#7 stone-cold

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Posted 05 May 2008 - 08:13 pm

Thanks for that. V clear. I've been shooting on these farms over about 6 months and have been told by the landowners that trees they've planted along edges of fields both to create windbreaks and in one case on the edge of an established orchard are being damaged by muntjac eating the bark and killing young trees. I've not attempted to shoot the deer but wanted to be clear in my mind about what I can do legally if asked to do so by the farmers.


be carefull mate,its got to be your land,i wont repeat whats already been said your better off finding the rules and regulations on the net and printing them so youve got it in black and white

#8 SportingShooter

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Posted 05 May 2008 - 08:40 pm

Here you are Gimli, have a look here,
http://www.shootingl...om/article7.htm
The land does not have to be yours, The "occupier" of land and their servants is meant to be interpreted accordind to the Wildlife and Countryside Act 1981 which states that the servant of an occupier should be meant to include those who have right to hunt, shoot or fish there.
Regards
SS

#9 stone-cold

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Posted 05 May 2008 - 08:48 pm

Here you are Gimli, have a look here,
http://www.shootingl...om/article7.htm
The land does not have to be yours, The "occupier" of land and their servants is meant to be interpreted accordind to the Wildlife and Countryside Act 1981 which states that the servant of an occupier should be meant to include those who have right to hunt, shoot or fish there.
Regards
SS


you might well be right about the land not having to be yours,its my understanding that it has to be,either way he's got to get the facts which you've given him via the link :thumbs:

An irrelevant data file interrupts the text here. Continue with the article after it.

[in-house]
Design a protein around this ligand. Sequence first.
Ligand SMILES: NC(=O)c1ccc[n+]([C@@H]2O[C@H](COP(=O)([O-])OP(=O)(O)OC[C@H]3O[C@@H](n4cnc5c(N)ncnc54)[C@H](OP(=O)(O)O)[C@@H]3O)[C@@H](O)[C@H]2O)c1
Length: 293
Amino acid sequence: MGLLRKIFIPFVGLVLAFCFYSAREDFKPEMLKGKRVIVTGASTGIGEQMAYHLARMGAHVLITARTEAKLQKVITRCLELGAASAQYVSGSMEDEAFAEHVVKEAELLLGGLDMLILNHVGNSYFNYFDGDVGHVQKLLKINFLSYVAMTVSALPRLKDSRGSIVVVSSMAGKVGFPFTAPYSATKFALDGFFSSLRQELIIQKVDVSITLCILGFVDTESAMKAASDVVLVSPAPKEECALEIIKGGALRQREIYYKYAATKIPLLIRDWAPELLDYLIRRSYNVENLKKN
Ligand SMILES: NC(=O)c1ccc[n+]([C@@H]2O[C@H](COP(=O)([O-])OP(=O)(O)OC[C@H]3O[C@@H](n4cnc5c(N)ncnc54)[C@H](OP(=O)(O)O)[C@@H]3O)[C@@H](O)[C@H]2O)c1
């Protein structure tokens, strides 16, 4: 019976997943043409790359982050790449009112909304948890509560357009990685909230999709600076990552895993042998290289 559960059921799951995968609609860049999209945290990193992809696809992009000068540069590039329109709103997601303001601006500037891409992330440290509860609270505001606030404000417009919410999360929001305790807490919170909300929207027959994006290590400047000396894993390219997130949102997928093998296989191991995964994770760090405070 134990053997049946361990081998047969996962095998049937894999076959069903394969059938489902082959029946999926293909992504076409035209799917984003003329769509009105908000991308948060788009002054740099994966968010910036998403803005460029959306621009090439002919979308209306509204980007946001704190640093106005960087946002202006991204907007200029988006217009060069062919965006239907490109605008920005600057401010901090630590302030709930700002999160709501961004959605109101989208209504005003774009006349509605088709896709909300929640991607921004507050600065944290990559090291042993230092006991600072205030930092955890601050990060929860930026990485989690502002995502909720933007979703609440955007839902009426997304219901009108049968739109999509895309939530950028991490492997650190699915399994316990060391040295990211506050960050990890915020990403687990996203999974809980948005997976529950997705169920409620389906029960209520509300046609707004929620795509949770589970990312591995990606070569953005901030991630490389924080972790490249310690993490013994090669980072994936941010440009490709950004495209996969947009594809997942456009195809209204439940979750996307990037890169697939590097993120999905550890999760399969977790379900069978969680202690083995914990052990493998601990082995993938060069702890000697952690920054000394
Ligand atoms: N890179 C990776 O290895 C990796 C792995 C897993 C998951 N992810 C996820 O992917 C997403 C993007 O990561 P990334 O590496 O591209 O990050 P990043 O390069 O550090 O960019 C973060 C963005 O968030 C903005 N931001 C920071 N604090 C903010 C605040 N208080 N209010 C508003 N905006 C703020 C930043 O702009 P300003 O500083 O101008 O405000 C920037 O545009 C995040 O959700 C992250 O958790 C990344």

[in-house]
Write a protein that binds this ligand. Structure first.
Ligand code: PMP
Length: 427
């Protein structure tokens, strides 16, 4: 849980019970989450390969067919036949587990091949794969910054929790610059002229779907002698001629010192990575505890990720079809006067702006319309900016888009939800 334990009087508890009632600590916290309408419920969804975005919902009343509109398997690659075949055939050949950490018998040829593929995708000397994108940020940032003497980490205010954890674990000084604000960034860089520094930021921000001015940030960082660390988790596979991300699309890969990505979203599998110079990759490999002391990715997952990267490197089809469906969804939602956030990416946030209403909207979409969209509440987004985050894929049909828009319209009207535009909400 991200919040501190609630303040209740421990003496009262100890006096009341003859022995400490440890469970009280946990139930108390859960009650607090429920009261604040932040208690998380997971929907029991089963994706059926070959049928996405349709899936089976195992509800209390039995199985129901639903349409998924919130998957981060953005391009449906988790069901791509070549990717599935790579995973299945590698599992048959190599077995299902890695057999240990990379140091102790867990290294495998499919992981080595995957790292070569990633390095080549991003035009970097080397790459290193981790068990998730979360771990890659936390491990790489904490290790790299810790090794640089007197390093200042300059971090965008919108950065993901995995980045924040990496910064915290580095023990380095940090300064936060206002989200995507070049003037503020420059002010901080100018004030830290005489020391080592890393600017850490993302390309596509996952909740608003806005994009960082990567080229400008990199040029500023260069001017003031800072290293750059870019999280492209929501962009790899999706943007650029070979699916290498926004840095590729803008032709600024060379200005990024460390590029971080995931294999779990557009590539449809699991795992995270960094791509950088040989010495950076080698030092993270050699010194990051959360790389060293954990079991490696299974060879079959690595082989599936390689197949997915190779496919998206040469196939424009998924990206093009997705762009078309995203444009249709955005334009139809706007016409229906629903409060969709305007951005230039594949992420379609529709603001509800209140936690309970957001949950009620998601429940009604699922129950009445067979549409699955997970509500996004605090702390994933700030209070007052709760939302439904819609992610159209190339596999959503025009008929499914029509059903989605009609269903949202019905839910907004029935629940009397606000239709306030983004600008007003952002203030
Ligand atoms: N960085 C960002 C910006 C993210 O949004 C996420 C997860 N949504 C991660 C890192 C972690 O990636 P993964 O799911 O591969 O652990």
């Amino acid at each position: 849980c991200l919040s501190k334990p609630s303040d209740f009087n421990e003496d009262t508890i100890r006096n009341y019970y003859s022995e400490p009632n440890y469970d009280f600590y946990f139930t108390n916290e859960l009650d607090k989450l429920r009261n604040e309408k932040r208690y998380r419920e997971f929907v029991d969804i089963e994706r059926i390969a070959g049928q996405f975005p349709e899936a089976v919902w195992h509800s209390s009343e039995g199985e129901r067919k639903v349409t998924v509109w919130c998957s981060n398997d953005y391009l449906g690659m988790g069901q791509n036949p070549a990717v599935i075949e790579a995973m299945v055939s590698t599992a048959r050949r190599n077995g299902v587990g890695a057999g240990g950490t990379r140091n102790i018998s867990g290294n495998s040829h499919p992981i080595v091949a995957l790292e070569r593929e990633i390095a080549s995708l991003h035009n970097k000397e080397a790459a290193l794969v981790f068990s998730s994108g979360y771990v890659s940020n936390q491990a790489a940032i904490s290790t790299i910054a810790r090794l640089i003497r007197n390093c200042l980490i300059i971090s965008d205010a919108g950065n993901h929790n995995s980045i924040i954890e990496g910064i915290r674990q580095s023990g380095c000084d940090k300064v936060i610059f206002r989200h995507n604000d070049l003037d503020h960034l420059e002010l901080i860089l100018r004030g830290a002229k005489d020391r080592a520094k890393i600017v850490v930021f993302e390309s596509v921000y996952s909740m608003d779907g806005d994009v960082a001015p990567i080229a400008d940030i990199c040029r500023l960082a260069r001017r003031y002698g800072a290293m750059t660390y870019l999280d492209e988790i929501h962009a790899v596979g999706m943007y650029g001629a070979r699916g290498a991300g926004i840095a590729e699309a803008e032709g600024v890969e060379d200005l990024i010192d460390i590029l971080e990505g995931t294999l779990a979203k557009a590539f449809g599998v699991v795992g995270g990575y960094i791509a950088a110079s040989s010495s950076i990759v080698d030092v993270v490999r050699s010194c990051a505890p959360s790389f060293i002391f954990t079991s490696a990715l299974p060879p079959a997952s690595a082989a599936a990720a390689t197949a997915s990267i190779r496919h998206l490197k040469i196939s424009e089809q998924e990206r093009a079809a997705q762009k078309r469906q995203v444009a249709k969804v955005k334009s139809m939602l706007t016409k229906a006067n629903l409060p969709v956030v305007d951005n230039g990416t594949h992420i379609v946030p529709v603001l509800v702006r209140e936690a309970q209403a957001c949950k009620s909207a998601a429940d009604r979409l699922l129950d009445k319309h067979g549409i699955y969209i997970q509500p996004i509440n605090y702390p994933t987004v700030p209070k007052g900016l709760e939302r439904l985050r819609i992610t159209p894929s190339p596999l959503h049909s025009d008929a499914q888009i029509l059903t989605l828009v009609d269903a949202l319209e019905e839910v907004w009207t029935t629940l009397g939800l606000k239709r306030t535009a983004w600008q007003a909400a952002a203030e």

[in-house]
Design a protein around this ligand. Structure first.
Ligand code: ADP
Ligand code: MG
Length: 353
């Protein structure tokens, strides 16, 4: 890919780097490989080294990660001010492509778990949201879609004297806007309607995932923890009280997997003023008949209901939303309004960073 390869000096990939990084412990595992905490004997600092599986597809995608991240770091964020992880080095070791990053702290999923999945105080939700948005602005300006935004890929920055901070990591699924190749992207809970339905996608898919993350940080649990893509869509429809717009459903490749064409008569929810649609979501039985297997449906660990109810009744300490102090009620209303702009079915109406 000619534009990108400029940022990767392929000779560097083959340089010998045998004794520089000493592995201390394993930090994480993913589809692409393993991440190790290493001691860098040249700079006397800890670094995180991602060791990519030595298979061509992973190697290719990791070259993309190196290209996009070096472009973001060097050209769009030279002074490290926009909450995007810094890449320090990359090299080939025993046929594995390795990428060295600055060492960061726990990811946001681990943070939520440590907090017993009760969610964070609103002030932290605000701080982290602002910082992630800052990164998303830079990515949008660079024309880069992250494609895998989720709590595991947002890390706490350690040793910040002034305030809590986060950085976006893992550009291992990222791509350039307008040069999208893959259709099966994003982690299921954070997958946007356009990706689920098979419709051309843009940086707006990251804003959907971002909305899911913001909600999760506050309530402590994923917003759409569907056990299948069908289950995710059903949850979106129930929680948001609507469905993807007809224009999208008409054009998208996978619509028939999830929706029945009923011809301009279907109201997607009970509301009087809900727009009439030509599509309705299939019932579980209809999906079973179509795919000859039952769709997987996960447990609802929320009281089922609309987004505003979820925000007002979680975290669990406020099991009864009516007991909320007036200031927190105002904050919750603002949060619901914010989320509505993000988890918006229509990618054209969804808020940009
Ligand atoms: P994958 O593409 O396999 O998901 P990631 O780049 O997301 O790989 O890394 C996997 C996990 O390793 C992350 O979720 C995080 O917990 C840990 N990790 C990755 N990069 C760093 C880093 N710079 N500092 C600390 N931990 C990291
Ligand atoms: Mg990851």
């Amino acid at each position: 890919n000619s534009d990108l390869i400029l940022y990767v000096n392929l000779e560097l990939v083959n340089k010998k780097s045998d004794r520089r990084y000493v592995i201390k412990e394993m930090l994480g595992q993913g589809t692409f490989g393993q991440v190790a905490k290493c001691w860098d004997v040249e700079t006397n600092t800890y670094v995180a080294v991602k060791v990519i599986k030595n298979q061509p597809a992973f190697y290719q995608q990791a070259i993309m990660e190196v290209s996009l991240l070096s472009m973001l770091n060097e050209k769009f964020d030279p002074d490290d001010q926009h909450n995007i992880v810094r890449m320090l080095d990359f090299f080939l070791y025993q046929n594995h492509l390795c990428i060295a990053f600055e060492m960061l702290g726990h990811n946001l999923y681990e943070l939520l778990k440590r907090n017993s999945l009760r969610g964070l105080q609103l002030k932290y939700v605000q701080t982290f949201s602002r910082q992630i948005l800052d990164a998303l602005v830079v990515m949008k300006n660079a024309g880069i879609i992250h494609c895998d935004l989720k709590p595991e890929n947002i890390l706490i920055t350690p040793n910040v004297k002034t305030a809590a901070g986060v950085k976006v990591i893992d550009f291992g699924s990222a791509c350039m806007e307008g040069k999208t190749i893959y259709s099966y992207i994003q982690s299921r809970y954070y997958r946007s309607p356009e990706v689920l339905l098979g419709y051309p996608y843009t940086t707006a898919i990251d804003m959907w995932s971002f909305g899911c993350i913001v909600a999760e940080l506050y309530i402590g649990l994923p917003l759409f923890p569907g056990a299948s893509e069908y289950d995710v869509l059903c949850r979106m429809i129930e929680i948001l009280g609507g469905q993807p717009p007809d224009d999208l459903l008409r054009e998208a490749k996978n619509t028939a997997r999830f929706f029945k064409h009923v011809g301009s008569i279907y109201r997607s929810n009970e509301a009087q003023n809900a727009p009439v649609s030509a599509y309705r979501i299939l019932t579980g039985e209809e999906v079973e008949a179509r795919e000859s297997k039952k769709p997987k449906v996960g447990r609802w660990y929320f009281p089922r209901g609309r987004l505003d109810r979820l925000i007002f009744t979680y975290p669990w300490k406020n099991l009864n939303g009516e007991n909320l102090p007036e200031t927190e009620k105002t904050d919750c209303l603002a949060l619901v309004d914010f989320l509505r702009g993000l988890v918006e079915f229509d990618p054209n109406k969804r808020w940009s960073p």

#10 SportingShooter

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Posted 05 May 2008 - 09:06 pm

Here you are Gimli, have a look here,
http://www.shootingl...om/article7.htm
The land does not have to be yours, The "occupier" of land and their servants is meant to be interpreted accordind to the Wildlife and Countryside Act 1981 which states that the servant of an occupier should be meant to include those who have right to hunt, shoot or fish there.
Regards
SS


you might well be right about the land not having to be yours,its my understanding that it has to be,either way he's got to get the facts which you've given him via the link http://www.thehuntinglife.com/forums/pub...
No problem Stone-cold, its just I did a lot of research into it before I did it. Not trying to argue and he has all the facts there now so he will be on the right side of the statute book.
Regards
SS

#11 dicehorn

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Posted 05 May 2008 - 10:56 pm

Thanks for that. V clear. I've been shooting on these farms over about 6 months and have been told by the landowners that trees they've planted along edges of fields both to create windbreaks and in one case on the edge of an established orchard are being damaged by muntjac eating the bark and killing young trees. I've not attempted to shoot the deer but wanted to be clear in my mind about what I can do legally if asked to do so by the farmers.



May be wrong here, but I was under the impression you could go ahead with shotgun provided the landowner had done everything possible to deter the deer from doing damage.

If he has planted trees without deer guards, then he has not done everything possible and by shooting the deer with shotgun you may be on the wrong side of the law.

Peter